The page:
It’s Complicated. Why Old Relationships are Worth Every Tear

mother-baby relationship

The newborn, eyes still puffy from the exhausting experience of entering this world sleeps skin on skin with his mother. Something wells up inside me at the simple intimacy of it. A young couple walks hand in hand completely absorbed in the giddiness of new love, the rest of the world disappears from their sight.

In just a few years that precious newborn will be a teenaged boy angry at the disappointments in his life and the restrictions on his independence.

The young couple will be not so young. They will be weighed down with jobs, debts, children, or perhaps the heartache of not having children, and a long list of roles and responsibilities. The relationship that was once intoxicating develops a bitter aftertaste.

“Every relationship seems simple at its start…and then how swiftly, how inevitably the perfect unity is invaded; the relationship changes; it becomes complicated, encumbered by its contact with the world. I believe this is true in most relationships, with friends, with husband or wife, and with one’s children.” Anne Morrow Lindbergh.

Relationships, even friendships if they endure long enough, move from simple to complex. Most relationships hit a crisis point. Each person feels they give much more than they receive, the cost is high and the return on investment low. It is tempting at that point to cut ties, give up, try to go back, make new friends, switch to a new life partner, distance ourselves from parents, and try to begin again, to recapture the simplicity, and the endorphins, of new relationships.

Time moves only forward. So does human life.

This, it turns out, is a good thing. Hearts would break if a solemn-faced doctor sat down and explained to the new parents that their child would never mature into one of those independent teenagers. It is equally true of romantic relationships. If romantic love never progressed beyond twitterpation, it would lack the depth that comes from hanging on tight through hard times. The sandpapery rub of conflict, the stress and pull of maturing relationships shapes and smooths us. Friends who can tell each other the truth and love each other dearly anyway are much better friends than those who are guardedly safe and nice.

I savor simple new relationships. I inherently dislike conflict.

Conflict, stress, and other dangers are necessary to achieve deeper beauty, strength that is hard to describe.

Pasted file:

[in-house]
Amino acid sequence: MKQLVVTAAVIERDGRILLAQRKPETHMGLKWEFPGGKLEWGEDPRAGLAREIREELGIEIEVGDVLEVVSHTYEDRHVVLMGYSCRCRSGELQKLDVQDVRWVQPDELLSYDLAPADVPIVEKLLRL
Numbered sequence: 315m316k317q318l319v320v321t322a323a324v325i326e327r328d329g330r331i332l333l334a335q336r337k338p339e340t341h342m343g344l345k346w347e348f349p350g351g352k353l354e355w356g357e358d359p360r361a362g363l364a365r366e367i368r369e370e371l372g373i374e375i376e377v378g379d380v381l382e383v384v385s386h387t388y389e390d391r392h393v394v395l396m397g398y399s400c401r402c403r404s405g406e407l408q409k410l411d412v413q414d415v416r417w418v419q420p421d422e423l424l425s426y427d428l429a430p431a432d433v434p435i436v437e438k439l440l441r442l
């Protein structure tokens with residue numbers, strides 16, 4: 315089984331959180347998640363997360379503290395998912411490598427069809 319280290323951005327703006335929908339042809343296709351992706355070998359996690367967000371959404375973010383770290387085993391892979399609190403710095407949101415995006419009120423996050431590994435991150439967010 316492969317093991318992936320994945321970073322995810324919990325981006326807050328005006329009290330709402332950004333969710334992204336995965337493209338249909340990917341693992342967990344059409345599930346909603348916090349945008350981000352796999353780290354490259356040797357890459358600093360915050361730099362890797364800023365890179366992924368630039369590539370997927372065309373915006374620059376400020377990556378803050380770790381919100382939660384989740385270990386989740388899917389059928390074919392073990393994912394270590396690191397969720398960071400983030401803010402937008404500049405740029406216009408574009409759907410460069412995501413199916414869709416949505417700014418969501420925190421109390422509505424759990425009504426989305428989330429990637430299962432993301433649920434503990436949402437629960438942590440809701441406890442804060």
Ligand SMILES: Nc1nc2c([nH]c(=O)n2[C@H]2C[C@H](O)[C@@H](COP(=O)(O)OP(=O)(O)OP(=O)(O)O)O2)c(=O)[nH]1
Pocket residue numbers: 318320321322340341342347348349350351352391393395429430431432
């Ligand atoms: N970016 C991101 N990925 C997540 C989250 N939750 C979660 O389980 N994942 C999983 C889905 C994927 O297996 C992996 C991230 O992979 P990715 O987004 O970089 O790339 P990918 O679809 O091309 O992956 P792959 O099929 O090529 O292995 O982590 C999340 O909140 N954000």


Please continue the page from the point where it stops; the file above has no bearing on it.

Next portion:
1 reason old relationships are worth the tears

The weathered man sits side by side with his wife, looking forward. Many years stretch behind them, only a few in front. They could tell stories of their own difficult middle years, but they rarely do. They prefer to just be, comfortable in the intimacy rooted deep in the decades they’ve spent together. They annoy each other immensely some days, yet when one of them lays the other in a grave, the loss will leave an emptiness, beautiful and painful, stretching all the way to the core.

Soon enough the newborn baby will be a man welcoming his own child into the world. His once-young mother’s heart will ache with joy again. The tiny new person is miraculous, she will marvel. Miraculous too are his new father and mother. Once, not so many years ago they were tiny babies. Now they are strong, unique reflections of the image of God as they gaze with wonder and love at their baby.

Friends who have forgiven each other countless times, bear each other’s burdens with much love and few words.

These relationships, multifaceted, refined, and polished are worth every tear they cost.

This is post is a my reflection on chapter 4 of  Anne Morrow Lindbergh’s Gift from the Sea. For other posts in this series see recent posts or click here.



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3 Responses to It’s Complicated. Why Old Relationships are Worth Every Tear

  1. Katie Sturm August 9, 2014 at 7:29 pm #

    So true…I miss you.

  2. Merrie Lea July 29, 2014 at 7:59 am #

    So well said. I used to think if I did everything right, my kids would not have to struggle in this world. I know now ups and downs in life will happen.


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